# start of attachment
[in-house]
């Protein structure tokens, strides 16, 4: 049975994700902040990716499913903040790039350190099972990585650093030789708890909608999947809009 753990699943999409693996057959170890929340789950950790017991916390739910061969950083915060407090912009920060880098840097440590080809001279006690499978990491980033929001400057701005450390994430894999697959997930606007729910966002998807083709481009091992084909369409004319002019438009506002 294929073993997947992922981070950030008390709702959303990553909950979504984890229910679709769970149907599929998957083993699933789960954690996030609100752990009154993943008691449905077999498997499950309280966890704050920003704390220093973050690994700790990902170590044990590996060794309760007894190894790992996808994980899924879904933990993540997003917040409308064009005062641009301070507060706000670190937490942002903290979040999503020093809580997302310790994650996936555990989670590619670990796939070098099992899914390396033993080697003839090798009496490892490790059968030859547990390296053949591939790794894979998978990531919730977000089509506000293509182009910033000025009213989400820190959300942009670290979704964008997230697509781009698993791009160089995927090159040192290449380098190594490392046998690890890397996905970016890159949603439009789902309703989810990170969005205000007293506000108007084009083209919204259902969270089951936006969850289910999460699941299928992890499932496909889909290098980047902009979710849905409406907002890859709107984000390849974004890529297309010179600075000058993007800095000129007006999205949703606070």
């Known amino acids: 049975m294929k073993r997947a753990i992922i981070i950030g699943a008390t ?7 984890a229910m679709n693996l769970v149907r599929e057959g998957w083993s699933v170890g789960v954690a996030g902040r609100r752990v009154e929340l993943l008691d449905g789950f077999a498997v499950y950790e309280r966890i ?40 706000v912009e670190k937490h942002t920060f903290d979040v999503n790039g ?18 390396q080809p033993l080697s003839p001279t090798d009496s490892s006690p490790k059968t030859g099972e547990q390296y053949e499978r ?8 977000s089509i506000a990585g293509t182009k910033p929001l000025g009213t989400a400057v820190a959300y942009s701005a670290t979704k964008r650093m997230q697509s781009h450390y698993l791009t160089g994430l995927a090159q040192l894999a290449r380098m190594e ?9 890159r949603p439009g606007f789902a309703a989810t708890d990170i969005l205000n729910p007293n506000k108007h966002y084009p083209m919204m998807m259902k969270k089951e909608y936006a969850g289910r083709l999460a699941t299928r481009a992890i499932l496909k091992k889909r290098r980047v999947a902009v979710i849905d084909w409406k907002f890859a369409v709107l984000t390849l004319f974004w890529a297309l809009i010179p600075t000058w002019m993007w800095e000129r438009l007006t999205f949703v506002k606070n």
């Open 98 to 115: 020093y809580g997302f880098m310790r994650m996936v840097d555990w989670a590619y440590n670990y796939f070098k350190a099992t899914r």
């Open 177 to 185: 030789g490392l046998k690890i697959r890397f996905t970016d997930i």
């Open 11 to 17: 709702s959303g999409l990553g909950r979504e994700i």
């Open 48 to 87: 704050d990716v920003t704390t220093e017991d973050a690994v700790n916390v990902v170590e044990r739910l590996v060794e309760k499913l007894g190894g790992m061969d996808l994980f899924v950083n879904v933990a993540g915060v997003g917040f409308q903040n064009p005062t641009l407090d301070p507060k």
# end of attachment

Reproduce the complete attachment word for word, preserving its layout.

[in-house]
């Protein structure tokens, strides 16, 4: 049975994700902040990716499913903040790039350190099972990585650093030789708890909608999947809009 753990699943999409693996057959170890929340789950950790017991916390739910061969950083915060407090912009920060880098840097440590080809001279006690499978990491980033929001400057701005450390994430894999697959997930606007729910966002998807083709481009091992084909369409004319002019438009506002 294929073993997947992922981070950030008390709702959303990553909950979504984890229910679709769970149907599929998957083993699933789960954690996030609100752990009154993943008691449905077999498997499950309280966890704050920003704390220093973050690994700790990902170590044990590996060794309760007894190894790992996808994980899924879904933990993540997003917040409308064009005062641009301070507060706000670190937490942002903290979040999503020093809580997302310790994650996936555990989670590619670990796939070098099992899914390396033993080697003839090798009496490892490790059968030859547990390296053949591939790794894979998978990531919730977000089509506000293509182009910033000025009213989400820190959300942009670290979704964008997230697509781009698993791009160089995927090159040192290449380098190594490392046998690890890397996905970016890159949603439009789902309703989810990170969005205000007293506000108007084009083209919204259902969270089951936006969850289910999460699941299928992890499932496909889909290098980047902009979710849905409406907002890859709107984000390849974004890529297309010179600075000058993007800095000129007006999205949703606070």
């Known amino acids: 049975m294929k073993r997947a753990i992922i981070i950030g699943a008390t ?7 984890a229910m679709n693996l769970v149907r599929e057959g998957w083993s699933v170890g789960v954690a996030g902040r609100r752990v009154e929340l993943l008691d449905g789950f077999a498997v499950y950790e309280r966890i ?40 706000v912009e670190k937490h942002t920060f903290d979040v999503n790039g ?18 390396q080809p033993l080697s003839p001279t090798d009496s490892s006690p490790k059968t030859g099972e547990q390296y053949e499978r ?8 977000s089509i506000a990585g293509t182009k910033p929001l000025g009213t989400a400057v820190a959300y942009s701005a670290t979704k964008r650093m997230q697509s781009h450390y698993l791009t160089g994430l995927a090159q040192l894999a290449r380098m190594e ?9 890159r949603p439009g606007f789902a309703a989810t708890d990170i969005l205000n729910p007293n506000k108007h966002y084009p083209m919204m998807m259902k969270k089951e909608y936006a969850g289910r083709l999460a699941t299928r481009a992890i499932l496909k091992k889909r290098r980047v999947a902009v979710i849905d084909w409406k907002f890859a369409v709107l984000t390849l004319f974004w890529a297309l809009i010179p600075t000058w002019m993007w800095e000129r438009l007006t999205f949703v506002k606070n």
């Open 98 to 115: 020093y809580g997302f880098m310790r994650m996936v840097d555990w989670a590619y440590n670990y796939f070098k350190a099992t899914r």
């Open 177 to 185: 030789g490392l046998k690890i697959r890397f996905t970016d997930i």
């Open 11 to 17: 709702s959303g999409l990553g909950r979504e994700i």
């Open 48 to 87: 704050d990716v920003t704390t220093e017991d973050a690994v700790n916390v990902v170590e044990r739910l590996v060794e309760k499913l007894g190894g790992m061969d996808l994980f899924v950083n879904v933990a993540g915060v997003g917040f409308q903040n064009p005062t641009l407090d301070p507060k």